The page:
The struggle to serve—Deborah Sampson’s powerful contribution to the American Revolution

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Deborah Sampson, The Female Review (1797)

Since American women were not allowed to serve as soldiers during wartime, some disguised themselves as men and fought along their side, keeping their femininity a secret. Such is the case of Deborah Sampson, a dedicated patriot, passionate to serve.

In her early 20s, Sampson strategically avoided medical care at all cost for fear of her secret being revealed as she served in the American Revolution disguised as the soldier Robert Shurtlieff. Sampson created her alias in 1780 after she was freed from indenture on a farm. She bound her chest and concealed her gender in order to enlist in the Fourth Massachusetts Regiment in the Continental Army.

Despite Sampson’s direct lineage to distinguished Pilgrims, she grew up poor. Her mother, who found herself unable to support her seven children after her husband went missing during a sea voyage, placed Sampson and her siblings in other homes. Sampson lived in two different homes from age 5 to 10. At 10, she became an indentured servant to Deacon Benjamin Thomas, a farmer with a large family. Released from her servitude at 18, Sampson made a living teaching – thanks to her self-education – and worked as a weaver.

First taste of battle

It was during this time Sampson resolved to disguise herself as a man and enlist in the spring of 1781.

She soon experienced the taste of battle when British sympathizers and troops attacked her unit. War quickly became real as Sampson withstood the enemy’s persistent barrage, endured blisters while digging trenches, suffered a gash in her forehead from a sword, and was shot in her left thigh. Terrified she would be found out, she hid her injury from the doctor and removed the pistol ball herself. She was medically cleared to rejoin the Army before the wound completely healed.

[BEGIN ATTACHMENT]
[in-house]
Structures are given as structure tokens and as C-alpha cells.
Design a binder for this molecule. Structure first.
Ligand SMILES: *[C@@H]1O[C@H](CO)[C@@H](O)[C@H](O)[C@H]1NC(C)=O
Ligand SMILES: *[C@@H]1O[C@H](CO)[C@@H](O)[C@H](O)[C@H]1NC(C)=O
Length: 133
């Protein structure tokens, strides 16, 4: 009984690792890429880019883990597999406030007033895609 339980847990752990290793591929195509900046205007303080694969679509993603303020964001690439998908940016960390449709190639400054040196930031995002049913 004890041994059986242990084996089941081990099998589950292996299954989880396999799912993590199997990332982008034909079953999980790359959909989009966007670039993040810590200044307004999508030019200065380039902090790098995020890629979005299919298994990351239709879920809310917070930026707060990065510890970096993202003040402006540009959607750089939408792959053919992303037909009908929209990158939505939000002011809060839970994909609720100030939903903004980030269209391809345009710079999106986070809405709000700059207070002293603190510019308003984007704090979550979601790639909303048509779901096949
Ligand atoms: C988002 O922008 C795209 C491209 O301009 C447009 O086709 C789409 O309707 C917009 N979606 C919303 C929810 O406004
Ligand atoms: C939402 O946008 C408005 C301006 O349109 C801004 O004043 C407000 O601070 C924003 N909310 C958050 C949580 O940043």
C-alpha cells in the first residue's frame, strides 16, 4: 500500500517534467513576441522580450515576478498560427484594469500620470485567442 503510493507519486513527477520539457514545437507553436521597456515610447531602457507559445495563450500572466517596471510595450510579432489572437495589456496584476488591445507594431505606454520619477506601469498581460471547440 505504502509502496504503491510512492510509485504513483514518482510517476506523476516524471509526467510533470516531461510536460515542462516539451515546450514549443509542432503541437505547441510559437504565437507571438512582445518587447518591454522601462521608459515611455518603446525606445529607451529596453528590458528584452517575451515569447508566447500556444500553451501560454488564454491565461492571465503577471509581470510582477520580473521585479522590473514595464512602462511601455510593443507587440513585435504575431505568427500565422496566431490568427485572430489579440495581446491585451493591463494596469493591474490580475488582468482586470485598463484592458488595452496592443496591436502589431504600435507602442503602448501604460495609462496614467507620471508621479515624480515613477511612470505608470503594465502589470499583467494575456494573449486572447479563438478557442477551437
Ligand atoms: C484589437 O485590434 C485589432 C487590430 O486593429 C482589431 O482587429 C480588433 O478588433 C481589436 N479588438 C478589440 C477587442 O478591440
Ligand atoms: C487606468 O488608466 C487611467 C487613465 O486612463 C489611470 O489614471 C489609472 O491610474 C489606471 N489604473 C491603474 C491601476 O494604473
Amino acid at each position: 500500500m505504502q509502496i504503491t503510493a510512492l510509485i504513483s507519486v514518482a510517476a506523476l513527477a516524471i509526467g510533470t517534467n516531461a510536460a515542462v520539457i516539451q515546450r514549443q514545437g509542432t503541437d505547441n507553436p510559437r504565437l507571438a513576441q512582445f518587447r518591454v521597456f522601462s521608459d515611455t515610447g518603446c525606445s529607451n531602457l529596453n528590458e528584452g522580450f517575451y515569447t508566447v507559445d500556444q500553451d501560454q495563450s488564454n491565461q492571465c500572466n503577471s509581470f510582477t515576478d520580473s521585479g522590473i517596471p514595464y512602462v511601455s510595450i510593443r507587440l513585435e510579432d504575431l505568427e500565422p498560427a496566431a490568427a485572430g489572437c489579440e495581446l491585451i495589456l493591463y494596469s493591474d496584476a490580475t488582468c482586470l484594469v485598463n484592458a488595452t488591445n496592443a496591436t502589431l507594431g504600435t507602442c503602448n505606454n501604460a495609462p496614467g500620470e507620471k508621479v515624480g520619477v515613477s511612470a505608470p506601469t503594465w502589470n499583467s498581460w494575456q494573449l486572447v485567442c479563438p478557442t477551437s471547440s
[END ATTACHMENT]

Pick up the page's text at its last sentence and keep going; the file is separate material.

When Sampson received authorization to nurse a fellow soldier back to health in a private home, she was relieved because it gave her the time needed for her leg to completely heal and recover.

No longer a secret

For more than two years, Sampson successfully kept her deepest secret in spite of the many close calls. Then, a fever swept through the troops, and Sampson was believed to have succumbed to the illness. A doctor, suspecting the young soldier to be dead, checked Sampson’s pulse and placed his head on her chest to see if she was still breathing. She was, and the surprised doctor quickly discovered the truth behind the “man” he was treating.

Although Sampson was not allowed to continue as a soldier, she received an honorable discharge and money for her trip home. A year and a half later, she married Benjamin Gannett, and they had three children.

Sampson became the first woman to go on tour and lecture about her time in the Army. She requested back pay for her service and received it in 1792. Congress voted in 1805 to approve a pension for her as a war veteran. After she died at age 66, Sampson’s husband petitioned to receive payment as the spouse of a soldier. Even though they were not married during Sampson’s time of service, his request was granted.

This is part of a series celebrating National Women’s History Month.

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